- No account was taken of factors that are known or emerging predictors of prostate cancer, such as hormonal markers [e.g. testosterone, insulin growth factor 1 (IGF-1), PSA glycosylation]
- The process of tumour initiation (tumorigenesis) in patients who were found to have high blood levels of omega-3 fatty acids, and who subsequently went on to develop prostate cancer, may have been firmly initiated before intake levels were increased
- Those with high levels of circulating omega-3 fatty acids may have had genetic defects (polymorphisms) that affected fatty acid metabolism or oxidation
- There is strong evidence from a recently published systematic review that relatively high levels of one of the omega-3 fatty acids, DPA, are associated with a reduced risk of prostate cancer. Plausible mechanisms exist for this association, involving DPA’s effect on inhibiting the cyclo-oxygenase (COX) pathway of inflammation. DPA is found in marine oily fish, along with EPA and DHA, but typically in smaller amounts
- For most human populations, and certainly Western ones, there has been a decline in the amount of long-chain omega-3 fatty acids consumed. In addition, the ratio of short-chain omega-6 fatty acids has increased from approximately 1:1 to 10:1. These changing ratios are likely to interfere with the health protective effects of omega-3 fatty acids.
Prostate cancer expert Anthony Victor D’Amico, MD, PhD, points out that the authors failed to adjust their calculations for the main risk factors associated with prostate cancer. Key factors such as ethnicity, age, body mass index (BMI) and prostate specific antigen (PSA) level were not accounted for, despite being listed in the table of baseline patient characteristics and SELECT trial cancer outcomes (Table 1). Prof D’Amico has commented: "The study really cannot make the conclusion that it’s trying to. These types of studies are not cause and effect. These studies are simply associations…They didn’t account for the known predictors of prostate cancer when they were making the calculation. You’re left with a weak association”.
The contamination issue
Environmental toxins, such as polychlorinated biphenyls or methyl mercury compounds, as found in fish and in cheap, unpurified fish oil supplements, can disrupt androgen and oestrogen balance. This in itself could potentially lead to high-grade cancers, prostate cancer included. In addition, omega-3 fats can become damaged in an oxidising environment, including cases of chronic inflammation. The derivative products could then ultimately cause DNA damage leading to cancer.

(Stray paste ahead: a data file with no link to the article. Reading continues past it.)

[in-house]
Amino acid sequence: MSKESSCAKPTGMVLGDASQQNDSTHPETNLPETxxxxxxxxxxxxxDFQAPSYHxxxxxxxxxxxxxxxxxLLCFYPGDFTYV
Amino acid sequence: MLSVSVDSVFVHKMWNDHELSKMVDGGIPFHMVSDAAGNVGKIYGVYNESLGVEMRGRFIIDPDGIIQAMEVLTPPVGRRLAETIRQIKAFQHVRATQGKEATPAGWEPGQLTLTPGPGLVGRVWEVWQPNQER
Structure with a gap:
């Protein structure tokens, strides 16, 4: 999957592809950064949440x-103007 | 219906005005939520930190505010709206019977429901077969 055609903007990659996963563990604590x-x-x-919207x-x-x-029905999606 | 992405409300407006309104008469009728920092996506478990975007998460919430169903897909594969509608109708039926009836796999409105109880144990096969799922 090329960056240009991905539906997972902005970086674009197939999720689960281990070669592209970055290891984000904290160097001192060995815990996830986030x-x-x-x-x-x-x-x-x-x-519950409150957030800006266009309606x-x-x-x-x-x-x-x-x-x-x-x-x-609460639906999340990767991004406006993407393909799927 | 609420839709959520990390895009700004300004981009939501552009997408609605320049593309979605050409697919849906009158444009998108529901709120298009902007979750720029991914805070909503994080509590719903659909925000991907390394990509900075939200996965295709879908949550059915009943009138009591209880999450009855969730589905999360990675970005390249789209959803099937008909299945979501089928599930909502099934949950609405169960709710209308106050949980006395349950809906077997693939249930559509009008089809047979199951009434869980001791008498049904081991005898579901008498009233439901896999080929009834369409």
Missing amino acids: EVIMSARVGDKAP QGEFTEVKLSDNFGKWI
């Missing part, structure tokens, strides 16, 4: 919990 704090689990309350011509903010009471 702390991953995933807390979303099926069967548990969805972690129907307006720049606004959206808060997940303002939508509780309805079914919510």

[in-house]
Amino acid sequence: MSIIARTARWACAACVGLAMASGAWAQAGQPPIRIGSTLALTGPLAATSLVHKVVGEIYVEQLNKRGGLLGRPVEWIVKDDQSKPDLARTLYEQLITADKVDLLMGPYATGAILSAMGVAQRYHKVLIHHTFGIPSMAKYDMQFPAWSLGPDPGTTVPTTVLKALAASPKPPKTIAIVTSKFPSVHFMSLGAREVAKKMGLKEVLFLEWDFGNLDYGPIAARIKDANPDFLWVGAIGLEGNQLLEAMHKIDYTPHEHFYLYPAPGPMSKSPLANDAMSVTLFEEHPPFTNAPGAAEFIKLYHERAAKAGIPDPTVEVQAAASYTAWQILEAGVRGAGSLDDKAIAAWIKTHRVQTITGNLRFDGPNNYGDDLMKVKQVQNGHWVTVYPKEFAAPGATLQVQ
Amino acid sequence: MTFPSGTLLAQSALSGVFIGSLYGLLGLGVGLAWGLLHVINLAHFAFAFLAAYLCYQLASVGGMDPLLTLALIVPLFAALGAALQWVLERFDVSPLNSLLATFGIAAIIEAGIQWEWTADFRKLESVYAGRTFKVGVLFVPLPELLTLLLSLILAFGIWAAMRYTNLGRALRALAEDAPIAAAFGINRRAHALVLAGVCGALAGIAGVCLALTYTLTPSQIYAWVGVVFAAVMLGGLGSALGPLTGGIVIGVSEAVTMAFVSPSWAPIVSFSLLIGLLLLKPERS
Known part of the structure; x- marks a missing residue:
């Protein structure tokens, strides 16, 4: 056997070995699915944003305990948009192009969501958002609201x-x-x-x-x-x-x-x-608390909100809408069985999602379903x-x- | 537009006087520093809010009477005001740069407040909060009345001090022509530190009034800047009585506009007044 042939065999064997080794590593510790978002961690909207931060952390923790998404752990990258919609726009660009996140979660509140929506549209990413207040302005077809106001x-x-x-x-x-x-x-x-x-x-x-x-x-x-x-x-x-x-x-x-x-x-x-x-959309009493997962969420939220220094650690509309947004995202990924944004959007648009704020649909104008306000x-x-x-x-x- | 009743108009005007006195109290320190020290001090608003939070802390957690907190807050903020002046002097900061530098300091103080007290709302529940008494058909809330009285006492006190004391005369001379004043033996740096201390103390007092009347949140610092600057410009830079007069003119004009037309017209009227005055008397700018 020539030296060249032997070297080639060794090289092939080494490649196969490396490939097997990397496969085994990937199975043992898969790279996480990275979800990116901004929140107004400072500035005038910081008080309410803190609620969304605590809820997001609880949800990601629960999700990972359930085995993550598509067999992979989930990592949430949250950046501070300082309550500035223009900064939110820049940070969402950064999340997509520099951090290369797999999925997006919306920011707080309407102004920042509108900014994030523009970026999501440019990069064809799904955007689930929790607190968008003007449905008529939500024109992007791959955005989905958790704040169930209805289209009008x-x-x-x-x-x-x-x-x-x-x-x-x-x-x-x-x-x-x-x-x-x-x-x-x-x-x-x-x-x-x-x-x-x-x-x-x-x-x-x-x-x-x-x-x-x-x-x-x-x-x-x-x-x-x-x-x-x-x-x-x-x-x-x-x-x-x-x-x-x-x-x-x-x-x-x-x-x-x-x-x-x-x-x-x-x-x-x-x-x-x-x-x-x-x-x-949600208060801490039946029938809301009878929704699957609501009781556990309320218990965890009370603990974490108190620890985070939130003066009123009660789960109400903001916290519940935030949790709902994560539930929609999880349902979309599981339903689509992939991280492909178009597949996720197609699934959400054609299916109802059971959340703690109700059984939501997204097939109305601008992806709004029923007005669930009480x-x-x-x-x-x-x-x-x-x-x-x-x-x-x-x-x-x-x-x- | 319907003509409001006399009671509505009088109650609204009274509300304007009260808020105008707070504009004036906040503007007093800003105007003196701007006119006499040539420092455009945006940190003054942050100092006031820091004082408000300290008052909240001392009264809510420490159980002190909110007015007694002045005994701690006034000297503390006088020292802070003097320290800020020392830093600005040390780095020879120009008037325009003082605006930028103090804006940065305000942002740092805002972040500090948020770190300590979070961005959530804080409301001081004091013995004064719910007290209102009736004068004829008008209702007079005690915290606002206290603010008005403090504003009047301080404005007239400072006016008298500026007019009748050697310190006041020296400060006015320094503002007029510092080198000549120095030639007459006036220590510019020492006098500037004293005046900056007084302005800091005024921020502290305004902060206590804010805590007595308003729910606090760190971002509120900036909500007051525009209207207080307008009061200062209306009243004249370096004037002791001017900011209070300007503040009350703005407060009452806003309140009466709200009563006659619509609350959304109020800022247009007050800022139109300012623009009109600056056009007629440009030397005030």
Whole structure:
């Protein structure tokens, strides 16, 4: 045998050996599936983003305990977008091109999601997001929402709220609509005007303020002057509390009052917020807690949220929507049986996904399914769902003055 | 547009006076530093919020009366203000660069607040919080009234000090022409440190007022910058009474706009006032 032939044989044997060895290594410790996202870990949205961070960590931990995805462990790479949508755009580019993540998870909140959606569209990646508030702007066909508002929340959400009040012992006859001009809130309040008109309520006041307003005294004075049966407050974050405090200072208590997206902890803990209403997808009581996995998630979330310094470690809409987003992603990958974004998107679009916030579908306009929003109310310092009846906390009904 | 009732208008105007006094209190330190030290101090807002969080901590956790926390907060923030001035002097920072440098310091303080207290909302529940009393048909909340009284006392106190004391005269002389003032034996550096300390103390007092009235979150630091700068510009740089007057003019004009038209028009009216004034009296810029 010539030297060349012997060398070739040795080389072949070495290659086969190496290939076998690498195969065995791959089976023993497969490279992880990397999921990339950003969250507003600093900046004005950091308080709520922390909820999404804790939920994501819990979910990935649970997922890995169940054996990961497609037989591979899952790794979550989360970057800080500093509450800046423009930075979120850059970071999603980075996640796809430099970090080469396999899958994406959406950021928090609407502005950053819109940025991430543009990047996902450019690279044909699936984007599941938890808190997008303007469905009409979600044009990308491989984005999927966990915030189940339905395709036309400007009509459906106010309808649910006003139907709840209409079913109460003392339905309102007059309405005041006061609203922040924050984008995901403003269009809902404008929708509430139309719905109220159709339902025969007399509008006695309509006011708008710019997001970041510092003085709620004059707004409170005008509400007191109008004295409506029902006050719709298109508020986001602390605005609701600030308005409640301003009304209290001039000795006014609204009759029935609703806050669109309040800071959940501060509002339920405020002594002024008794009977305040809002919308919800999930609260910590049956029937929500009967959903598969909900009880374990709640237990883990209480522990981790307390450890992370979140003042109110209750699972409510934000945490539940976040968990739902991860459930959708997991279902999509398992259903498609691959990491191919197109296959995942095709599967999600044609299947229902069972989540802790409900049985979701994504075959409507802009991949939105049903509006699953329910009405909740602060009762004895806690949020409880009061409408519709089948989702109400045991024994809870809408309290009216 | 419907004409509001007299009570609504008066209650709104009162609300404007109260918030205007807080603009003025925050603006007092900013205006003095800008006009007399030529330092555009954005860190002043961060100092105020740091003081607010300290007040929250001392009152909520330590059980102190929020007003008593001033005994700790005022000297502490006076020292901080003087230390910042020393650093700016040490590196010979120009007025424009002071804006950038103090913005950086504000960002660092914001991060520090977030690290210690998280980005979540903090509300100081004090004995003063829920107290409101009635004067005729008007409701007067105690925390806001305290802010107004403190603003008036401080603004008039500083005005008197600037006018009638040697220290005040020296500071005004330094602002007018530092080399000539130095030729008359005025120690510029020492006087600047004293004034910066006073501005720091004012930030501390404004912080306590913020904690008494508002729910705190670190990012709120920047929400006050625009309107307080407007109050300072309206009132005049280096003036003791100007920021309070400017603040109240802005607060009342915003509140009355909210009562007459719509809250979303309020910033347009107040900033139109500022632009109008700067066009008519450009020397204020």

Prostate cancer: changes in the metabolism of fats
Some studies have shown that prostate cancer can bring about changes in fatty acid metabolism. Fatty acid beta-oxidation appears to become a more dominant energy pathway, due to the alteration of several enzymes. Glycolysis, the glucose metabolic pathway, usually increases with most malignancies, but in prostate cancer, it appears to slow down.
A new meta-analysis by Michael E Chua, MD explains: “The presence of long chain n-3 PUFA (DHA and EPA) in the prostate cell’s beta-oxidative metabolic process leads to the formation of lipid hydroperoxides in the microenvironment of the cell; this can generate reactive species. With chronic exposure to these reactive molecules, the prostate cell can become dysplastic and develop into an aggressive cell”. Chua found that that only high serum levels of long-chain omega-3 PUFAs are associated with reduced prostate cancer risk, whilst the possible role of both EPA and DHA needs to be examined further.
Part of an orchestrated attack on natural healthcare?
Negative findings linked to the Brasky et al study have been widely reported in the media. It’s been a chance to pour cold water on the public enthusiasm over supplements, in the hope the public won’t even realise fish oil supplements were not even evaluated in the study.
The paper’s senior author, Dr Alan Kristal, was reported to say: “We’ve shown once again that use of nutritional supplements may be harmful”. Kristal has also drawn attention to a 2012 review published in the Journal of the American Medical Association, showing an association between omega-3 fatty acid supplementation and risk of major cardiovascular disease events.
This attack is directed at an essential food, one with which the human race has evolved and which is solidly backed by scientific evidence. Conversely, there has been no discussion around the incidence of prostate cancers among indigenous peoples whose long-chain omega-3 fatty acid consumption is at the top end of the spectrum. The Inuit Nunangat population of Canada, for example, exhibits prostate cancer levels significantly lower than the Canadian average.
Presented along with the very negative media attention, and coming in the wake of the transatlantic attacks on supplements by Dr Paul Offit, we have to ask: is this yet another study designed to fail?
Footnote about the Fred Hutchinson Cancer Research Center
Spare the following a thought. The Hutchinson Center is a leading recipient of National Cancer Institute funding among academic and research institutions. It is ranked in the top two in National Institutes of Health funding among independent research institutions in the US. In addition, it receives funding through licensing and partnership agreements facilitated by pharmaceutical companies, e.g. Actinium Pharmaceuticals Inc. and GlaxoSmithKline. Funding is also enabled indirectly, as a result of the centre’s membership of the National Comprehensive Cancer Network.
Could this have anything to do with the anti-supplement bias we’ve witnessed?